Size Matters – Get Portions Under Control
In the land of the super-size fries and all you can eat buffets, it’s no wonder that Americans are notorious for their tendency to overeat. According to the Centers for Disease Control and Prevention, about a third of American adults are obese. The bad habit of feasting on these big meals makes it difficult to get a handle on portion control. With gargantuan restaurant servings and economy size food containers, serving size guidelines are bypassed and overlooked.
For those who are serious about establishing a healthy lifestyle, trying to shed some pounds, or keep disease like diabetes at bay, it is important to portion your food properly. Here are some helpful tips on how not to overindulge:
If your eyes are bigger than your stomach when you are loading your plate up, it may be because you aren’t eating regularly enough. Be sure to eat at least three meals a day so you aren’t starving when the next meal rolls around and you can use restraint. Extreme hunger can also cause you to eat too quickly. If you are racing through your meal you may blow by that chance for your stomach to send the “I’m full” signal to your brain.
In Top Form
Health suggests making carbs the topper instead of the base of your meal. For instance, fill your plate with stir fry veggies and then top it off with brown rice or noodles instead of the other way around. Or fill a bowl with fruit or yogurt and then sprinkle some granola or cereal on top rather than vice versa.
Check Your Bags
Don’t eat directly from the bag. If you open that bag of chips or pretzels, be mindful enough to take out a serving and close it up to keep you from going back for seconds. Eating from the bag can lead you to eat up to 50% more according to a study from Cornell University. You may be surprised what a portion size actually is and how many servings a bag actually contains. If you finish off the entire thing, you could be binging ten servings in one round of mindless snacking.
Portions at restaurants tend to be much larger than what you would normally serve yourself at home. There are some tricks to keep it healthy and enjoy yourself while out on the town. When dining out choose an appetizer for your dinner. If that isn’t an option, order an entrée and share it with a friend. Not only will your restaurant bills be smaller, but so will your waistline. If there aren’t any takers on splitting a dish, you can always order a meal and take half home. It is always best to box half of it immediately so you aren’t tempted to eat everything on the plate.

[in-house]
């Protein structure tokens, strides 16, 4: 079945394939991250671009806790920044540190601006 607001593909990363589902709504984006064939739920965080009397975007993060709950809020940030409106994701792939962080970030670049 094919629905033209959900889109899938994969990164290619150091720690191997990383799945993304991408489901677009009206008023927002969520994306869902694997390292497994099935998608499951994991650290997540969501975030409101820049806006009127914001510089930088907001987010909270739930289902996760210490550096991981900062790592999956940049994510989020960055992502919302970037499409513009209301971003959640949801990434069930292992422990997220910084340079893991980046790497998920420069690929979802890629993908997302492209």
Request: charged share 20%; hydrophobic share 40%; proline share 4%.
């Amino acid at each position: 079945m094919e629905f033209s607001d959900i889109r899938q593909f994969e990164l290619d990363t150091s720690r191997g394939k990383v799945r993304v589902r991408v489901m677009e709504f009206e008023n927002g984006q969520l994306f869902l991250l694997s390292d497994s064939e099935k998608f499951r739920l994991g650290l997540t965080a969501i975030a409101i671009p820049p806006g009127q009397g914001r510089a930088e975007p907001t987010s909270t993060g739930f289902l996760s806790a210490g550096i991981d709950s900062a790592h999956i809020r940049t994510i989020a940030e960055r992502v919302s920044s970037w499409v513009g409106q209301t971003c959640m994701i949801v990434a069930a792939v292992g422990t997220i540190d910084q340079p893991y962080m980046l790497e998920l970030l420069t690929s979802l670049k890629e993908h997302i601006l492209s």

In many instances, you may actually be craving water rather than food. Before diving into a plate of food, try having a glass of water and see if you need to quench your thirst rather than stave off hunger pangs. The liquid in your stomach will make you full and can keep you from overeating. Plus, everyone could stand to drink more water. Another way to fill yourself up is to have a bowl of soup before a meal. As long as you choose a healthy soup like a vegetable minestrone, lentil, or a bone broth over something heavy like clam chowder, you will be filling up without adding a lot of calories.
In The Moment
Multi-tasking has its merits throughout the day, but meal time should be a break from everything else. It’s best not to watch TV, read, or computer surf while eating. Health cited a study that those who watched TV while eating tended to eat more than those who concentrated on chowing down. Focus on the task at hand, which is to nourish your body and enjoy your food. Be present. You may even enjoy talking to the company you are with. In addition, you will be able to notice when you are full and stop before you overeat.
If you are hungry and looking for a large meal, fill your plate with veggies or fruit first. That leaves less space for binging on fat or carbs. Loading up on vegetables is a low-calorie way to fill your stomach, plus get fiber and nutrients that will keep you full. You can even beef up your recipes by adding vegetables to stretch your dishes, such as mixing carrots into a chicken stir fry or meatloaf, adding zucchini to a lasagna, or using cauliflower in mashed potatoes.
Years ago portions were smaller. Some of it may have had to do with the size of the plates or the shape of them. TV dinners in the 1950s had containers where the food was actually portioned out in sections so that each food group was measured out. Today a plate of food should emphasize high fiber, low inflammatory /low glycemic foods. A healthy plate of food would contain minimally half veggies, very low starch/sugar , and one-quarter protein with healthy fats such as coconut fats. There are special portion control plates you can purchase nowadays if you want something to keep you honest. A study at the University of Calgary found that 17% of participants lost 5% or more of their body weight in six months when using these dishes. However, an easy way to cut back on food is using smaller plates. A food lab study at Cornell University found that using small plates can result in a 30% reduction in food consumption. With a smaller plate, your brain thinks you are eating more when there is less actual food on the dish.
For Good Measure
Using your palm or a deck of cards to eyeball a 3 oz. portion, or imagining a baseball or your fist as a way to measure out a cup of rice on your plate is good in a pinch. However, if you want to be precise, get those measuring cups out. It is a good idea for you to get used to seeing how much a cup or portion of your favorite food really is. You may realize you have been over serving yourself all along. Plus, if you are being exact with measurements, you will know how much sodium, calories, and sugar you are consuming. It isn’t necessary to always measure out your food. Once you have done it a few times, you will know what the proper portions are for each food group and be able to control what you put on your plate.